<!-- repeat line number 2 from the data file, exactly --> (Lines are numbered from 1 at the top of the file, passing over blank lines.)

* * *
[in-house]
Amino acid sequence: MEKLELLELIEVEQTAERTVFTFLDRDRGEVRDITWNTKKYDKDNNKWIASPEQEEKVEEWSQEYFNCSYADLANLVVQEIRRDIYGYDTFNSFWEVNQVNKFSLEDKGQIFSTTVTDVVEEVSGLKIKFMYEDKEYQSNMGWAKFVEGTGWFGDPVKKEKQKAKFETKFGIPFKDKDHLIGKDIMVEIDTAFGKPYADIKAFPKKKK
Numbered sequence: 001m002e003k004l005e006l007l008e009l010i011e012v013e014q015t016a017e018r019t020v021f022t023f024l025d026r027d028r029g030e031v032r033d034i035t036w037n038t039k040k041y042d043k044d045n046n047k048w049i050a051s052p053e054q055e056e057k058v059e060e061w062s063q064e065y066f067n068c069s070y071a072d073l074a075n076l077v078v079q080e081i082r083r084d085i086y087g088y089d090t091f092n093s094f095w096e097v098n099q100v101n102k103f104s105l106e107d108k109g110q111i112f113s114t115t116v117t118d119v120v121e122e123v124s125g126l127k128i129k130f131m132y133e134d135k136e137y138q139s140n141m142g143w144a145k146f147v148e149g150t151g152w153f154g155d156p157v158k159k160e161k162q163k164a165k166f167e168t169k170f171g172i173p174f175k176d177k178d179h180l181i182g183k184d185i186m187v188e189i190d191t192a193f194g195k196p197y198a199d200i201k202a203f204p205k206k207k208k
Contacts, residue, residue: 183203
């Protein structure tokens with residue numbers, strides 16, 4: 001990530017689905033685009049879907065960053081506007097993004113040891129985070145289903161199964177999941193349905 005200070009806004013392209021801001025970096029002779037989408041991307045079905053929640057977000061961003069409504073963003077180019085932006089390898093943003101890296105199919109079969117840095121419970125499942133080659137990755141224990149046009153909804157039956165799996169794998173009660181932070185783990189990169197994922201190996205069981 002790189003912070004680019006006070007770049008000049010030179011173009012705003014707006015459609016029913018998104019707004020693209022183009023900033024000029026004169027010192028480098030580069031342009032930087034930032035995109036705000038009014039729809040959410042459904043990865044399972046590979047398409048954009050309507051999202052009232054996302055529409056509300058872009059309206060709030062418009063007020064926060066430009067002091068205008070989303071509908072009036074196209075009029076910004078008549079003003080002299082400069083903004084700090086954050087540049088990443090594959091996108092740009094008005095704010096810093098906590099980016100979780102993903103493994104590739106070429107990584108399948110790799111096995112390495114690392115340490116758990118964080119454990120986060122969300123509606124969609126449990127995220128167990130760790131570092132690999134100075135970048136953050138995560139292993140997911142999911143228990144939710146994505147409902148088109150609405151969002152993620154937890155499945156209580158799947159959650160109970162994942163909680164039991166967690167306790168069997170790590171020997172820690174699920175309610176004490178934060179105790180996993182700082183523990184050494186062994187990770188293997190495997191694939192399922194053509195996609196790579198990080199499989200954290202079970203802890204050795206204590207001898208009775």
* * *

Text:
Amino acid sequence: MEKLELLELIEVEQTAERTVFTFLDRDRGEVRDITWNTKKYDKDNNKWIASPEQEEKVEEWSQEYFNCSYADLANLVVQEIRRDIYGYDTFNSFWEVNQVNKFSLEDKGQIFSTTVTDVVEEVSGLKIKFMYEDKEYQSNMGWAKFVEGTGWFGDPVKKEKQKAKFETKFGIPFKDKDHLIGKDIMVEIDTAFGKPYADIKAFPKKKK